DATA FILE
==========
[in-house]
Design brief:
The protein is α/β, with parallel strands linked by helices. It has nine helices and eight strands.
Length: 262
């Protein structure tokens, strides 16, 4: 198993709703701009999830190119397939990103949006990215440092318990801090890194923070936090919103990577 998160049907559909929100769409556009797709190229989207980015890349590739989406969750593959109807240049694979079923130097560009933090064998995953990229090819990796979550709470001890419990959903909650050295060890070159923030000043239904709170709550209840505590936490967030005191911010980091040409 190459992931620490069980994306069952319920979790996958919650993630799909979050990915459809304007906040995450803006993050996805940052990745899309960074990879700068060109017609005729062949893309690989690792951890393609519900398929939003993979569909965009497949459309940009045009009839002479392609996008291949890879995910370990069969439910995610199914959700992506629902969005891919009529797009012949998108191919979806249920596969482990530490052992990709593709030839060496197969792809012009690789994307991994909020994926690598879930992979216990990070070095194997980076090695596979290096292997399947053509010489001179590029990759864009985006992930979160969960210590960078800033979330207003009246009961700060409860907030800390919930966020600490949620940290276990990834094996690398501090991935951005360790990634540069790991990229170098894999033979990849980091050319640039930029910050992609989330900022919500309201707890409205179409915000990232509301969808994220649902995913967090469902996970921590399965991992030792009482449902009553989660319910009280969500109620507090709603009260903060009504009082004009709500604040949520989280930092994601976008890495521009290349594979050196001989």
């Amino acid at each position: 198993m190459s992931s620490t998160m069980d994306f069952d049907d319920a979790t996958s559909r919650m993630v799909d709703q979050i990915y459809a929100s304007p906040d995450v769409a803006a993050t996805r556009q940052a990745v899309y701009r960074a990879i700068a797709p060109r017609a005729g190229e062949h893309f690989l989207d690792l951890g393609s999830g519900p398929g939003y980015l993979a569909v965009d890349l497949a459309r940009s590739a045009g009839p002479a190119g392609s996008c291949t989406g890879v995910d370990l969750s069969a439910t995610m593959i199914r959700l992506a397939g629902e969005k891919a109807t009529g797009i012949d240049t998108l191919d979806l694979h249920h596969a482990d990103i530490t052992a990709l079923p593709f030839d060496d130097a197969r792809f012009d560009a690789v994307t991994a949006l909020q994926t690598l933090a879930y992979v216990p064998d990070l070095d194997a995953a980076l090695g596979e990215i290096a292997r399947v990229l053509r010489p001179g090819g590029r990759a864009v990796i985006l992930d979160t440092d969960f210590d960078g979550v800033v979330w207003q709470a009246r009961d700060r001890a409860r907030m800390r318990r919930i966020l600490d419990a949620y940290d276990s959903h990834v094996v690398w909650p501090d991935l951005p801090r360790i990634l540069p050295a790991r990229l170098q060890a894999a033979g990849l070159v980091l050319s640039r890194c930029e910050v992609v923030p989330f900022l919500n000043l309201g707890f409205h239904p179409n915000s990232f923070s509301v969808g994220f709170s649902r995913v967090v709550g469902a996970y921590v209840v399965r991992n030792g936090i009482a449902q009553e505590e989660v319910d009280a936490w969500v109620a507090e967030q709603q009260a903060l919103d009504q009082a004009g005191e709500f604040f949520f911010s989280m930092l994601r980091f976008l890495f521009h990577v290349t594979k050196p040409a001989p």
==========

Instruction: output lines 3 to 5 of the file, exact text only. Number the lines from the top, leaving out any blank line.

The protein is α/β, with parallel strands linked by helices. It has nine helices and eight strands.
Length: 262
């Protein structure tokens, strides 16, 4: 198993709703701009999830190119397939990103949006990215440092318990801090890194923070936090919103990577 998160049907559909929100769409556009797709190229989207980015890349590739989406969750593959109807240049694979079923130097560009933090064998995953990229090819990796979550709470001890419990959903909650050295060890070159923030000043239904709170709550209840505590936490967030005191911010980091040409 190459992931620490069980994306069952319920979790996958919650993630799909979050990915459809304007906040995450803006993050996805940052990745899309960074990879700068060109017609005729062949893309690989690792951890393609519900398929939003993979569909965009497949459309940009045009009839002479392609996008291949890879995910370990069969439910995610199914959700992506629902969005891919009529797009012949998108191919979806249920596969482990530490052992990709593709030839060496197969792809012009690789994307991994909020994926690598879930992979216990990070070095194997980076090695596979290096292997399947053509010489001179590029990759864009985006992930979160969960210590960078800033979330207003009246009961700060409860907030800390919930966020600490949620940290276990990834094996690398501090991935951005360790990634540069790991990229170098894999033979990849980091050319640039930029910050992609989330900022919500309201707890409205179409915000990232509301969808994220649902995913967090469902996970921590399965991992030792009482449902009553989660319910009280969500109620507090709603009260903060009504009082004009709500604040949520989280930092994601976008890495521009290349594979050196001989």